There are eight trekkers with you. There are also rangers and trackers in your group. The gorillas stay relatively close to one another, but you will be very close to your fellow trekkers. Be respectful of your space! I found that our group did a great job taking turns in an area and would often step back to share the space closest to a gorilla or group. 

Rangers and trackers will also pull individuals aside and guide you to areas where more gorillas are. They will also use their machetes to clear an area for a better view.

Remember that briefing by the ranger at the beginning? They will give you a guideline for how far away you should be from the gorillas. We found that this was nearly impossible and it didn't seem to matter! You are often only an arm's length away from the gorillas. If you were to actually reach out, I do think you'd get a stern talking to. You're rarely far from a ranger or tracker who is not only observing the gorillas but also observing you and your behavior. But they are also open to fielding any questions you have as well. We found them to be very knowledgeable.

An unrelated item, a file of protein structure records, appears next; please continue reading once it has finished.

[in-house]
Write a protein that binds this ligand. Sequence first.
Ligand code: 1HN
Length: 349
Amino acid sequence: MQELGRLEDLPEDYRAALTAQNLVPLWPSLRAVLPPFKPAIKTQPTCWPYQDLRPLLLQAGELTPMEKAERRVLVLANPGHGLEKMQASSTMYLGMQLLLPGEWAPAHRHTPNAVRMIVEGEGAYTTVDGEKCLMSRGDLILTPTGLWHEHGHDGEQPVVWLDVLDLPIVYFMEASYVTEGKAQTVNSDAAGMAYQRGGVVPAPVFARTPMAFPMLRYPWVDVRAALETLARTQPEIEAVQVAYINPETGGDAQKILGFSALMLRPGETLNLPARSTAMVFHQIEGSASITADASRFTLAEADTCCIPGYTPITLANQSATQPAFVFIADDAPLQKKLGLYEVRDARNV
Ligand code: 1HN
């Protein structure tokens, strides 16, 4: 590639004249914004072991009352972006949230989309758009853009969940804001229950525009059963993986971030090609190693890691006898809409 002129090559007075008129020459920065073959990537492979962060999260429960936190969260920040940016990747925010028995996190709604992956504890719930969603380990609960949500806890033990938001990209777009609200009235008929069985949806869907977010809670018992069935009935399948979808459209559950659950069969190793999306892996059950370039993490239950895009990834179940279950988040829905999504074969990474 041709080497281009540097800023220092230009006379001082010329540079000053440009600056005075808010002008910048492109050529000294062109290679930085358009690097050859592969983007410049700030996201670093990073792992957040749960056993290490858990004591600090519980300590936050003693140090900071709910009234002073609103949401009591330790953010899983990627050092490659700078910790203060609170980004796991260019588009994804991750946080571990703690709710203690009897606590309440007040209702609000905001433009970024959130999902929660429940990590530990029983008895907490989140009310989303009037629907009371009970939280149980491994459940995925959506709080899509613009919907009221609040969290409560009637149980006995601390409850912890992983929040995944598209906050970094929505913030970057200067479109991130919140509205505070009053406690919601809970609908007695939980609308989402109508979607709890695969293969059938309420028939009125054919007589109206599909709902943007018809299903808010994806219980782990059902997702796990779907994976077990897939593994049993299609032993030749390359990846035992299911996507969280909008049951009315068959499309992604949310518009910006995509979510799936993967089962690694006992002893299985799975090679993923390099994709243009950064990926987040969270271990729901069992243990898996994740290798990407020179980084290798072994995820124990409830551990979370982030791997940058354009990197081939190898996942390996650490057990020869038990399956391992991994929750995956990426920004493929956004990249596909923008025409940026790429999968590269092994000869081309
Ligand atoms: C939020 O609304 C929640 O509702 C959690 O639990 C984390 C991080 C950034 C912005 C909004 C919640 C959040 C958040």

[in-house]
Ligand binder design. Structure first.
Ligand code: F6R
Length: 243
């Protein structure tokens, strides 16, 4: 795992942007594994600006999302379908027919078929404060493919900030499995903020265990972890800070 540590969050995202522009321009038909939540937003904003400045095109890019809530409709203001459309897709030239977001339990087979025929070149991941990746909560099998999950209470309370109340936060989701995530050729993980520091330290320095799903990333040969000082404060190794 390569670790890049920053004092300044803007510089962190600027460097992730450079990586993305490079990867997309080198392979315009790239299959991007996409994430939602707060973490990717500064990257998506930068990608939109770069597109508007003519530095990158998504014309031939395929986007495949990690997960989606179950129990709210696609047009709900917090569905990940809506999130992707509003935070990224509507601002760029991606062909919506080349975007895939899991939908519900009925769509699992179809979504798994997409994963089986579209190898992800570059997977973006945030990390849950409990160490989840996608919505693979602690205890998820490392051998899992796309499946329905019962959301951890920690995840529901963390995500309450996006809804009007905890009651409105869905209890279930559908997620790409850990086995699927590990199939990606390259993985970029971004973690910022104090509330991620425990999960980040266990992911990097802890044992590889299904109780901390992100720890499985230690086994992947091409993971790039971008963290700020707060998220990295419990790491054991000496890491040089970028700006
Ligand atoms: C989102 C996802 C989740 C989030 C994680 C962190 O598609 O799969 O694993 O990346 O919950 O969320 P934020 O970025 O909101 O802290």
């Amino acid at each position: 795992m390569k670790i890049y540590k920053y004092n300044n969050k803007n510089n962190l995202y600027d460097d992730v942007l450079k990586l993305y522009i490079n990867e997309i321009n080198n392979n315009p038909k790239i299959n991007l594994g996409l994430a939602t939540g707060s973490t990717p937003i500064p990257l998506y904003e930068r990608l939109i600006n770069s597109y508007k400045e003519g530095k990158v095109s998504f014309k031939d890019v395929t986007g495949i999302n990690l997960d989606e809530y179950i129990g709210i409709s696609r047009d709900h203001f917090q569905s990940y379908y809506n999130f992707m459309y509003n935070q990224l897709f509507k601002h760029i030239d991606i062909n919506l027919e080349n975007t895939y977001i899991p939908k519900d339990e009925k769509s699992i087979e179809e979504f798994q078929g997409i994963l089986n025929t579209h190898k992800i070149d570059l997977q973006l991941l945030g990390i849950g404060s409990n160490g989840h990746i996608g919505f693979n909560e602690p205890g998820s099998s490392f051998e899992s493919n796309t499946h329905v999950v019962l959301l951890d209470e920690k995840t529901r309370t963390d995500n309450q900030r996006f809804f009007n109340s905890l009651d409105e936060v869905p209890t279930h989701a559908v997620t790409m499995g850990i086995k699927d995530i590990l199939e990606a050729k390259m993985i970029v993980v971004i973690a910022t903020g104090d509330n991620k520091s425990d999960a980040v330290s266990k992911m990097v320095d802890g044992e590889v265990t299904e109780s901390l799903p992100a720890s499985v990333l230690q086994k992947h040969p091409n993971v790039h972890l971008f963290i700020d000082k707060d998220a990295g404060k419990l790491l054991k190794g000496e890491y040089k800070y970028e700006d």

We were observing a mom feeding in a small clearing and then turned around and heard some rustling. There was a baby that was about two who came out of the woods behind us and literally started walking right towards us! The guides will generally tell you that it's the babies and younger gorillas that are really curious and often will approach the trekkers. When we looked to the rangers for guidance, they basically just told us to stay still. The baby gorilla literally crawled over us {yep, I know what it feels like to have a baby gorilla step ON my foot!} to get to her mom for a little nursing session. 

The gorilla family we spent time with was spread out a bit. It allowed us to easily walk around to a few different clearings that had been created and to observe the gorillas without the whole trekking group. This isn't to say that the space you are in will be totally open. You're literally standing in the middle of a thick forest observing wild animals!

One of the things you'll appreciate doing is putting down your camera or phone and just sitting in the same space as the gorillas. There is something special about just connecting with them in that way. The time goes by really fast, so you'll need to make a conscious effort to do this.